teacher shortage

Students’ supposed “failures” are blamed on their teachers, at least according to experts in Australia. Source: Jean-Francois Monier/AFP

Getting qualified comes at a cost

Student teachers must undertake uninterrupted blocks of professional experience in schools in each year of their degree. While this is a critical part of the degree, it comes at great personal cost. The intensity of the professional placement, including full days in schools and time spent in the evenings gathering resources, planning lessons and marking students’ work, means student teachers can’t do other paid work.

It may mean they can’t earn an income for up to six weeks at a time. On top of this, there are also travel expenses to get to school each day. They may also need to buy stationery and resources to use in their lessons. A guaranteed stipend that takes into account the real costs of undertaking a teaching placement is essential.

A permanent job is not always in the cards

Surprisingly enough, the teacher shortage has not resulted in student teachers gaining full-time employment. Very few manage to secure permanent employment in their preferred subjects, especially in city areas.

The greatest need for teachers, and the greatest opportunity for permanent employment, is in rural and remote areas. However, it is not possible for all graduates to relocate for work. This mismatch is causing new teachers to look for jobs close to home. The result? They are forced to cobble together a series of part time or short-term contracts, across a range of schools, year levels and subjects. While they are qualified to teach, they have to resort to teaching out of their field of expertise.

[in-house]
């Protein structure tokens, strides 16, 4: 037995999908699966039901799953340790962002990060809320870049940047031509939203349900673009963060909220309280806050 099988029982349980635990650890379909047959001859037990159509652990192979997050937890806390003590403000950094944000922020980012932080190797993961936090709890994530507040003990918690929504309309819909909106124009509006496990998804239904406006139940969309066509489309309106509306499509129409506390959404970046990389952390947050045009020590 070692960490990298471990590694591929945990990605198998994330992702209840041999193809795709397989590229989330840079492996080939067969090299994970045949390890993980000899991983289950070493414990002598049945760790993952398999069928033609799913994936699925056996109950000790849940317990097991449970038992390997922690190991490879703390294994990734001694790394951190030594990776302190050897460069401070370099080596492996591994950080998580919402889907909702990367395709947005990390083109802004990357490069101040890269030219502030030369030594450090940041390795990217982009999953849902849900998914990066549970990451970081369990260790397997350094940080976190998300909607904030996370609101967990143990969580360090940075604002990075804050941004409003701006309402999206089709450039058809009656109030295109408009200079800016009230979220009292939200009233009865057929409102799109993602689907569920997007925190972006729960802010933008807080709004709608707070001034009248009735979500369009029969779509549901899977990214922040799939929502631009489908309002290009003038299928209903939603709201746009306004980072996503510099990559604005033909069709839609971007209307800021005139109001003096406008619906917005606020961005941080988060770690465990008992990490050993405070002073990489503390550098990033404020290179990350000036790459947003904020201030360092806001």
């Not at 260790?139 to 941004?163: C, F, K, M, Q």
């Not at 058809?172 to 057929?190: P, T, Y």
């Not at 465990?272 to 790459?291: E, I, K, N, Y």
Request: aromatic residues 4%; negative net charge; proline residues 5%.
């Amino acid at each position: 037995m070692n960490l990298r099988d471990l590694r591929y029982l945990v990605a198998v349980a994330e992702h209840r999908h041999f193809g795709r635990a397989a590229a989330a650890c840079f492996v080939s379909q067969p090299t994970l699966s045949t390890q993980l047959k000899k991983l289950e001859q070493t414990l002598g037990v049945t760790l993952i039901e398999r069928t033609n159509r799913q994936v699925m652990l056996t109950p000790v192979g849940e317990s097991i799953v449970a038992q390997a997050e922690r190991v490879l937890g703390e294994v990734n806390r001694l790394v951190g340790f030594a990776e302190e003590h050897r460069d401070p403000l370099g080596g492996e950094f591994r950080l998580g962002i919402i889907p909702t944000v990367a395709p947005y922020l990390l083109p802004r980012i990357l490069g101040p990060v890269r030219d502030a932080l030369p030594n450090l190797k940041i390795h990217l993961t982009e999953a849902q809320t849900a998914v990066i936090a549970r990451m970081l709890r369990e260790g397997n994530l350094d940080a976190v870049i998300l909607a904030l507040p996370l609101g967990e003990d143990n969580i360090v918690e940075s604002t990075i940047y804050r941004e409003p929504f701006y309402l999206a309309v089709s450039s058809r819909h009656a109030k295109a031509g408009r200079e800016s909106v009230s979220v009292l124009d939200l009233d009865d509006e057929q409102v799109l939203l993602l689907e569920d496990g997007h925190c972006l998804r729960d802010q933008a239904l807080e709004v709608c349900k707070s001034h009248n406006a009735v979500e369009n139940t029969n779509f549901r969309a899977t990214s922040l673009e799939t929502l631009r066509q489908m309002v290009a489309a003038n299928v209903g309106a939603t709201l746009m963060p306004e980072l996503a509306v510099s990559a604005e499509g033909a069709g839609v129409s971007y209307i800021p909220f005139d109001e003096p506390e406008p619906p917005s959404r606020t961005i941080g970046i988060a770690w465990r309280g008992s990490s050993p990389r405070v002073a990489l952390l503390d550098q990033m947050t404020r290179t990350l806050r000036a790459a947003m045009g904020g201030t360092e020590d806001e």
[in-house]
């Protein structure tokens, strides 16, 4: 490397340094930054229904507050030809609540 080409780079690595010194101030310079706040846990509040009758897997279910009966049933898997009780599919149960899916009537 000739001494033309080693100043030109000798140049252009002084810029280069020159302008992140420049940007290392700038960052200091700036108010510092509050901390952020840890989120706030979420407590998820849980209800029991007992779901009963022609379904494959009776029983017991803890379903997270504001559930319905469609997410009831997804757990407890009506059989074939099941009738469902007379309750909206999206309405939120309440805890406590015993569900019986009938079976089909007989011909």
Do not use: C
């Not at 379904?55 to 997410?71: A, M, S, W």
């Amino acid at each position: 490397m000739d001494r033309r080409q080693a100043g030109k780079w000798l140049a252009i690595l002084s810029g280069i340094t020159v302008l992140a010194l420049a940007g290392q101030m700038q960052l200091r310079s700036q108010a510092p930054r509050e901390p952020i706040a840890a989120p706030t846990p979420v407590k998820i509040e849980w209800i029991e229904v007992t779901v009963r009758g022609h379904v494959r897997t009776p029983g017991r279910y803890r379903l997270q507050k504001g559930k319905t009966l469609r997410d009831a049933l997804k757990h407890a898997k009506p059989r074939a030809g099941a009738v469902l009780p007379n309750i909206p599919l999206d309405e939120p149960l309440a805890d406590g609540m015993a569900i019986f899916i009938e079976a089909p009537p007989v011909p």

teacher shortage

Student teachers have to resort to teaching subjects they are not qualified to teach just to be able to work close to home. Source: Michael Loccisano/Getty Images North America/Getty Images via AFP

Blame game and disrespect towards the profession

In March 2022, when then-federal education minister Stuart Robert blamed “dud public school teachers” for the decline of academic results of Australian students. This “teacher bashing” is not new, as recent studies suggest that media reporting on teachers in Australia for the past 25 years have included a whole lot of it.

Making the profession seem simple and easy also contributed to the public having less respect towards teachers, whom are the scapegoats of their children’s academic abilities. This sort of reporting “devalues the profession and weighs heavily on students when they are considering their commitment to their teaching studies”, says Exley and Pendergast.

“We need to make sure student teachers know they are doing important and complex work and that it is valued by the schools and communities where they teach,” they add.The Conversation

By Beryl Exley, Professor, Griffith Institute for Educational Research, Griffith University, Griffith University and Donna Pendergast, Professor, Griffith Institute for Educational Research, Griffith University, Griffith University

This article is republished from The Conversation under a Creative Commons license. Read the original article.